Market forces alone are unlikely to create the necessary incentives for businesses to make significant improvements in security, according to a study published this month by the Brookings Institution.
The study, "Interdependent Security: Implications for Homeland Security Policy and Other Areas," released Oct. 17 by the Washington-based public policy think tank, argues that the shared-risk nature of today's security environment actually discourages companies from making the sometimes costly investments in security.
In addition, the report states that when industry-leading companies fail to invest in certain security precautions -- because of cost or other reasons -- the knowledge that those companies aren't making such investments can help "clinch a decision not to proceed" at other firms.
"In these circumstances, an entire industry may be unwilling to take reasonable precautions against catastrophe," according to the report. Therefore, "a combination of regulations, insurance and third-party inspections offers the most auspicious approach to improving security at reasonable economic cost."
The Brookings study comes at a time when many in the private sector, including experts from various software developers and security service providers, have been quietly expressing dissatisfaction with the White House's recently released National Strategy to Secure Cyberspace. According to some industry and Wall Street observers, the plan's reliance on market forces to drive security investments in the private sector is its Achilles' heel. When asked recently if they thought the plan's market-focused approach would work, a group of Wall Street venture capital experts and CEOs simply shook their heads and laughed.
Howard Schmidt, vice chairman of the President's Critical Infrastructure Protection Board, said in a telephone interview from Pittsburgh, where he was attending the latest of the White House's Town Hall Meetings on the national strategy plan, that the Brookings study is but one perspective on the role and definition of market forces.
"I've seen a tremendous shift in awareness and the way people look at what they expect from the market," said Schmidt. "We don't think the answer is going to be as Draconian as [the Brookings study] indicates. Market forces does not only apply to the development of software and hardware. It also applies to the need for individual organizations to secure their environment."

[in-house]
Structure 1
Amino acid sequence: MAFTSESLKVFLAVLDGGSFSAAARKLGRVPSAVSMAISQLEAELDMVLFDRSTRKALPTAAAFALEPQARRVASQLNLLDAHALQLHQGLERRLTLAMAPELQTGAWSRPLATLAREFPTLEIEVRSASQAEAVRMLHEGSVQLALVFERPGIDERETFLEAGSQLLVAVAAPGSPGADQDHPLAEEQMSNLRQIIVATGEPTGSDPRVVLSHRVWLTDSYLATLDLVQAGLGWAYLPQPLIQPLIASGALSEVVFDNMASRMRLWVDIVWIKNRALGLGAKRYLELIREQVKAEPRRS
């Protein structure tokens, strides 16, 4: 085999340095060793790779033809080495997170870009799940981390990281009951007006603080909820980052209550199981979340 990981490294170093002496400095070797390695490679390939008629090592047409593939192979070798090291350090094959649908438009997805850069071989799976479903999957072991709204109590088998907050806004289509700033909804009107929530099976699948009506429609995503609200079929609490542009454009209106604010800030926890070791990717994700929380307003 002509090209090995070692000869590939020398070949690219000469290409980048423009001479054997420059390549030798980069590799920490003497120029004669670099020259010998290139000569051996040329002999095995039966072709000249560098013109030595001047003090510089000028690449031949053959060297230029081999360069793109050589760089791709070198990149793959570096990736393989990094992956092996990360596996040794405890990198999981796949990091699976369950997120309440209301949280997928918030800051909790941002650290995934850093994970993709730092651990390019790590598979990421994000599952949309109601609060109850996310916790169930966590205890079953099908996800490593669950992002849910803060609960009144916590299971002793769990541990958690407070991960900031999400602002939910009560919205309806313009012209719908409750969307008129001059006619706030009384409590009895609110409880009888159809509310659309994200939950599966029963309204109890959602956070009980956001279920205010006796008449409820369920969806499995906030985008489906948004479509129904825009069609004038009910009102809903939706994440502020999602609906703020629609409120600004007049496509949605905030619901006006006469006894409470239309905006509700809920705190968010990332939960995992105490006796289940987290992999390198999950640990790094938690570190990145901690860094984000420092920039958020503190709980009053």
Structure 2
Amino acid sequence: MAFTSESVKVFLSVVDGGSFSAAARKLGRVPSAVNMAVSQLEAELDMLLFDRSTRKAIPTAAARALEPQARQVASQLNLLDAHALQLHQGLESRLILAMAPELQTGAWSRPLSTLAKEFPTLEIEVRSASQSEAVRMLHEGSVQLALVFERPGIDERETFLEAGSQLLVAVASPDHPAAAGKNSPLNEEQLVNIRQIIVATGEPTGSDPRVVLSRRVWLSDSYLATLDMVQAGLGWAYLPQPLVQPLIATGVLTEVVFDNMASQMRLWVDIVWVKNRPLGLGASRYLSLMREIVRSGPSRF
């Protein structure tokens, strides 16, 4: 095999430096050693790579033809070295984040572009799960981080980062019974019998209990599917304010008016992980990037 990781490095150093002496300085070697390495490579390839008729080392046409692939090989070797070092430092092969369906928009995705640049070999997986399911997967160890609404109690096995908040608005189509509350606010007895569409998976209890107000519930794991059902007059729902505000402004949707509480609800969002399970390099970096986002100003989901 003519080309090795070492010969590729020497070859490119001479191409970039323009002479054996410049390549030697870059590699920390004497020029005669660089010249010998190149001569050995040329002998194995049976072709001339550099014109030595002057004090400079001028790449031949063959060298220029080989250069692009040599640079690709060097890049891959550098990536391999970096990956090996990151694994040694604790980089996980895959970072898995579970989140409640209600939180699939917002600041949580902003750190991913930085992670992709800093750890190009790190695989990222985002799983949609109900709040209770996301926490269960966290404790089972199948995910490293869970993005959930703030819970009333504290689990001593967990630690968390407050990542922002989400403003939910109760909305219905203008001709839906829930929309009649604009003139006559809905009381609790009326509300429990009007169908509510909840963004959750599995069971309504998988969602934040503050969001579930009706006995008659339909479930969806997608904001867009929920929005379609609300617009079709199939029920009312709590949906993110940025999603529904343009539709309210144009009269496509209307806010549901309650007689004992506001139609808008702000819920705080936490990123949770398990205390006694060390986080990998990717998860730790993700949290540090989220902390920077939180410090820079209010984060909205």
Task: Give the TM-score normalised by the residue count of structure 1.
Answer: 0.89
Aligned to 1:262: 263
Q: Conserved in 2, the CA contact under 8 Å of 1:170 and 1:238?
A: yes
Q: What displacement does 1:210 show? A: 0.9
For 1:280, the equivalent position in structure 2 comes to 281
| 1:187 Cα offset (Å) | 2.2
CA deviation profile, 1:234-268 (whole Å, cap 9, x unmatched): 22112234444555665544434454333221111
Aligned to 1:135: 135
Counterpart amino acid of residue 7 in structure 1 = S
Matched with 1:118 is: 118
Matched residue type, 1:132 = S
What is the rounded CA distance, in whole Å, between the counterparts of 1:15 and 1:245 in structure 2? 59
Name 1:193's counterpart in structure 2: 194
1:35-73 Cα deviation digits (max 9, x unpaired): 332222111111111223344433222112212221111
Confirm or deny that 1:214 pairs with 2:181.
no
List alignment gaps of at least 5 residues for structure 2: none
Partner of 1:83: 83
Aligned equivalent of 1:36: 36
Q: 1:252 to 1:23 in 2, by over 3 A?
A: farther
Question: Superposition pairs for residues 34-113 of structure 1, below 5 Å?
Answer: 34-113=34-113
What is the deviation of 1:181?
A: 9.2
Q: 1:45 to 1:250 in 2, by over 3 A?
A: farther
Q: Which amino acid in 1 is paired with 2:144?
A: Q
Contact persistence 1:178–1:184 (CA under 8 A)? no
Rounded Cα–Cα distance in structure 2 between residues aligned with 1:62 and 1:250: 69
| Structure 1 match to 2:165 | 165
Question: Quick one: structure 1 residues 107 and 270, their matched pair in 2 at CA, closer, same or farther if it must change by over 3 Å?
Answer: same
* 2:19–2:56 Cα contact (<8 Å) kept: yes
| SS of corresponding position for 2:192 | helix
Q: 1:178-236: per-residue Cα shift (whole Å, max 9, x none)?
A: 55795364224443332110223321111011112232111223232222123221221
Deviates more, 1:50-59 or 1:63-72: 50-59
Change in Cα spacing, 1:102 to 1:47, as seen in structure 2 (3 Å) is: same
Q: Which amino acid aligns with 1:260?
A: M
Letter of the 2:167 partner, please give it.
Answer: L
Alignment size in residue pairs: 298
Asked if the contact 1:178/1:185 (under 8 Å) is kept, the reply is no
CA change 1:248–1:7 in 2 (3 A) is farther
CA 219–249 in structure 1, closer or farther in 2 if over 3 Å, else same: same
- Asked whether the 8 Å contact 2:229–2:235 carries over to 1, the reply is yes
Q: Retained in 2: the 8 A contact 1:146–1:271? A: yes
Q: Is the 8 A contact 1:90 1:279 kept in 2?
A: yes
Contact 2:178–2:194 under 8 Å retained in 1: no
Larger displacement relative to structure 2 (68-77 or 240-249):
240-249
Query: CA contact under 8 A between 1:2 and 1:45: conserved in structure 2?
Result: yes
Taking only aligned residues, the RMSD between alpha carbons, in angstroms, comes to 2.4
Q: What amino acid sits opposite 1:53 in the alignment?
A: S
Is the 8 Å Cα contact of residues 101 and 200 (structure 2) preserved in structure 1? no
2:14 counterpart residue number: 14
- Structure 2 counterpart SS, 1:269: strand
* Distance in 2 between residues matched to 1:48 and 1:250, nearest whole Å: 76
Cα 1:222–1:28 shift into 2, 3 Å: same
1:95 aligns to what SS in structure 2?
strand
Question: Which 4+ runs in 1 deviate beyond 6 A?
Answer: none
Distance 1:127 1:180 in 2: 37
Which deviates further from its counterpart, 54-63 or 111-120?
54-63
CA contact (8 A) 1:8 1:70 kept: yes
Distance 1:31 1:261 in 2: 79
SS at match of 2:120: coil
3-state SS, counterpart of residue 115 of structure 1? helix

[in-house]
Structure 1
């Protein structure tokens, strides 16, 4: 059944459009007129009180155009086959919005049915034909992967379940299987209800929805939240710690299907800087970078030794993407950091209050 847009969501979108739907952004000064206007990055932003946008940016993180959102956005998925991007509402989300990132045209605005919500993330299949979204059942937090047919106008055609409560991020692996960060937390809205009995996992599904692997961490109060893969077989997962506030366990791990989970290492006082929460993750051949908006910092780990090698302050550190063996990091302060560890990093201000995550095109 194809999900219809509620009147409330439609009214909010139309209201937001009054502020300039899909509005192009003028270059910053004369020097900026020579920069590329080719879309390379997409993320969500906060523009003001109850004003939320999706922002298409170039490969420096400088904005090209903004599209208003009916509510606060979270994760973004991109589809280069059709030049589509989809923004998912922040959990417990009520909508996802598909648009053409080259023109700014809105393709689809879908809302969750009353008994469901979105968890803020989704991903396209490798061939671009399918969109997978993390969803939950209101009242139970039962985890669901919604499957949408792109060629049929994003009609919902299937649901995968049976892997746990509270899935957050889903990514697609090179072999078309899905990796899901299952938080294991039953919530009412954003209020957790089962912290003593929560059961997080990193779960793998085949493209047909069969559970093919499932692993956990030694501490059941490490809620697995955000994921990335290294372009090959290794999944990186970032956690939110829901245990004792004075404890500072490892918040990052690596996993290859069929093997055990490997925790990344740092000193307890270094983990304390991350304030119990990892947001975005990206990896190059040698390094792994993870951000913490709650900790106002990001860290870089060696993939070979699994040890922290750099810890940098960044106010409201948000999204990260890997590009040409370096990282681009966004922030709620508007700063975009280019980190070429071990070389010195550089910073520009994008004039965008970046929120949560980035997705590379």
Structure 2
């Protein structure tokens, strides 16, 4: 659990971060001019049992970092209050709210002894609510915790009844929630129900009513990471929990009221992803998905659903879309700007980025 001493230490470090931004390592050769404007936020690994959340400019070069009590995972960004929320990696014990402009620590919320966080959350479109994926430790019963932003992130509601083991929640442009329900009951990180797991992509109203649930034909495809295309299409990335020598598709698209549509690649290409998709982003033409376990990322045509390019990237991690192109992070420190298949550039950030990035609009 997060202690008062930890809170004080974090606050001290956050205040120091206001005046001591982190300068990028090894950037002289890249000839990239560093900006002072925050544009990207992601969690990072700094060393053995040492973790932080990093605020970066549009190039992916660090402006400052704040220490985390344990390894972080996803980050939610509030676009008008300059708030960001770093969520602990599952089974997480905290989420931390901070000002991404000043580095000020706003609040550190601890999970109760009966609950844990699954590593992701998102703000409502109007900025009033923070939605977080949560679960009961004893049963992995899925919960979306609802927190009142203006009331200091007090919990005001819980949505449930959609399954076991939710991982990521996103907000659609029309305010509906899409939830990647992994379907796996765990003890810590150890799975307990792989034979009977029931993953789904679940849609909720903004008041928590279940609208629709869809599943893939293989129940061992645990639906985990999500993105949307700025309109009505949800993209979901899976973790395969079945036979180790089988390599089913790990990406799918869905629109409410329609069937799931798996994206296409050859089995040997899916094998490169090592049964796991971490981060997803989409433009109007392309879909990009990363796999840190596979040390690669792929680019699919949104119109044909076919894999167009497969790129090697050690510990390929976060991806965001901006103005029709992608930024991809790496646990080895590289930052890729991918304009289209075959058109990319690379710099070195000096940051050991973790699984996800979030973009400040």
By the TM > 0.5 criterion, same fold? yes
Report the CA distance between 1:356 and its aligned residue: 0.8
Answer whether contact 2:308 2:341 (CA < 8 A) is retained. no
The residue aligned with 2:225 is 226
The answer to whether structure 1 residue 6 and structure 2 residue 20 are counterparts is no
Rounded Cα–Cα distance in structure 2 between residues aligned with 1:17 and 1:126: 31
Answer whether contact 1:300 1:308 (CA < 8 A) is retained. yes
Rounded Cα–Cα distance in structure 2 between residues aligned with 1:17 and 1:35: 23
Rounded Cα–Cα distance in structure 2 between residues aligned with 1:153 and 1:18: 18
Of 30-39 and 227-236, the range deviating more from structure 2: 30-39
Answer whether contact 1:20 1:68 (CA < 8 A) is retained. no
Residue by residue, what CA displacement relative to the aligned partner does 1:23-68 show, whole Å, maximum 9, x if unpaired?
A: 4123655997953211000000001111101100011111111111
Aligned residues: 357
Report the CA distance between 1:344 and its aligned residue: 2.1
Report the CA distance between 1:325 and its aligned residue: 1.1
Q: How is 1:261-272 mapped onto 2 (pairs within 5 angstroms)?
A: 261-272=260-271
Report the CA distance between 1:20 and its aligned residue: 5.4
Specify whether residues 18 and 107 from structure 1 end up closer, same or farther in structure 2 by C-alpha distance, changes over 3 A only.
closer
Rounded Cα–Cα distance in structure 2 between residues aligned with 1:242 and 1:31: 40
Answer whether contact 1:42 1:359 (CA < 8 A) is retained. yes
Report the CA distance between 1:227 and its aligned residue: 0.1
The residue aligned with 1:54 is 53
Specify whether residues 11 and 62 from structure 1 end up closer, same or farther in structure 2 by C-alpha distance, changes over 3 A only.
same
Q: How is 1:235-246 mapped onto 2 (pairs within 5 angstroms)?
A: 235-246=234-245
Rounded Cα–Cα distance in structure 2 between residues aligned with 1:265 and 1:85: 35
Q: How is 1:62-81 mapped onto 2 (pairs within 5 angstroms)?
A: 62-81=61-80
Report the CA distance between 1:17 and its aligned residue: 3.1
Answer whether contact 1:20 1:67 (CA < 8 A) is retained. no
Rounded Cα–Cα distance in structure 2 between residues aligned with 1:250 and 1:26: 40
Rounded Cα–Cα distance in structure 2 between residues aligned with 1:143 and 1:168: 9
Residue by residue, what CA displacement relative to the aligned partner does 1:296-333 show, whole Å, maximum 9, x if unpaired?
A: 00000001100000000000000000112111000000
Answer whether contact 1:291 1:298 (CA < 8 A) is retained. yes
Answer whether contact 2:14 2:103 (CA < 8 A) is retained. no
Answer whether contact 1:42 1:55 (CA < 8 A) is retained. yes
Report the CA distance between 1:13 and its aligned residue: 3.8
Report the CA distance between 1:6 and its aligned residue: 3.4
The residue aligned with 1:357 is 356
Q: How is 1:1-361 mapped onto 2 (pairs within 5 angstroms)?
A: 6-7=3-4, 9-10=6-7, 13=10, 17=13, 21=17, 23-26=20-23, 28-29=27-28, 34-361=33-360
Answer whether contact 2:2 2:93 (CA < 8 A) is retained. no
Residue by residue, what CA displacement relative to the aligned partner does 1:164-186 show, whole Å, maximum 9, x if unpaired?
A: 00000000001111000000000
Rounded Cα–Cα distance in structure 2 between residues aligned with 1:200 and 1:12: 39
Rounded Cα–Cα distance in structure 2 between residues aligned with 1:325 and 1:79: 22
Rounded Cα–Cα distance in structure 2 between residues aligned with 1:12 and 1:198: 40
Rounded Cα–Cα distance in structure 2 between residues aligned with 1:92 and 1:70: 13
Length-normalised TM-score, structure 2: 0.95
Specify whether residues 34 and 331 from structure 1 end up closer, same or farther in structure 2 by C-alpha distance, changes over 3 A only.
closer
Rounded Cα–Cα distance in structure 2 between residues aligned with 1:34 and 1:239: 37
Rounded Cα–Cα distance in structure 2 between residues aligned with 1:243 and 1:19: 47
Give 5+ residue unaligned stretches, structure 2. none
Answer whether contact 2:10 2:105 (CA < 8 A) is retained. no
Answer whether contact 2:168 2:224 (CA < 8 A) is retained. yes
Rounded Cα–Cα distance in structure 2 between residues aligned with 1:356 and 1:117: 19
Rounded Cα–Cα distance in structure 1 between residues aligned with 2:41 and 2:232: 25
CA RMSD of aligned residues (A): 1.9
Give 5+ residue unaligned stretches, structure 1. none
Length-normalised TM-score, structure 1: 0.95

In an interview last month on the topic, Richard Clarke, chairman of the President's Critical Infrastructure Protection Board, acknowledged the existence of a "middle ground" between government regulation and industry self-regulation.
"There are laws already on the books that generally require IT security measures," he said at the time. While those regulations may be tweaked, there are no plans to propose new ones, Clarke said.
"Market forces alone do nothing to address the [lack of perceived threat] that exists within the private sector," said Jon Karlen, general manager of contactless technologies at NTRU Cryptosystems Inc. in Burlington, Mass. "Companies have little incentive to bear the costs of protecting against an event that is highly unlikely to target them individually."
However, because most corporate executives still view security as an expense with no tangible return on investment, "market forces won't influence anything in the purest sense," said Keith Morgan, chief of information security at Terradon Communications Group LLC, a Nitro, W.Va.-based content management firm. "If we just rely on the corporation's good faith, or consumer demand, we'll be waiting a while."
Morgan, like others, would like to see the government get tough with companies that fail to take some sort of minimum appropriate action to ensure their systems are secure. That could come in the form of legislation that assigns financial liability for operating insecure systems, he said. But not everybody is ready to ask for more government.
"I agree that reliance on market forces alone will not appreciably move the industry forward," said Michael Karaman, senior vice president and chief technology officer at The MedStat Group Inc. in Ann Arbor, Mich. "On the other hand, I would dread having the government heavy-handedly dictate appropriate security measures."
Karaman said he would be more supportive of "a hybrid approach" that relies on a mix of government regulation and independent, for-profit security assessment agencies that could give firms a stamp of approval.
But many, like Karlen and Russ Cooper, the surgeon general of TruSecure Corp. in Herndon, Va., who has come out publicly against the White House's hands-off approach, think the government is the only institution that can force real change.
"As a central authority, the government is in the best position to institute guidelines to be followed by the private sector and, where appropriate, bear the costs of the security infrastructure," said Karlen. "Left on its own, the private sector will never have the proper incentive to cooperate to the extent required to provide adequate homeland security."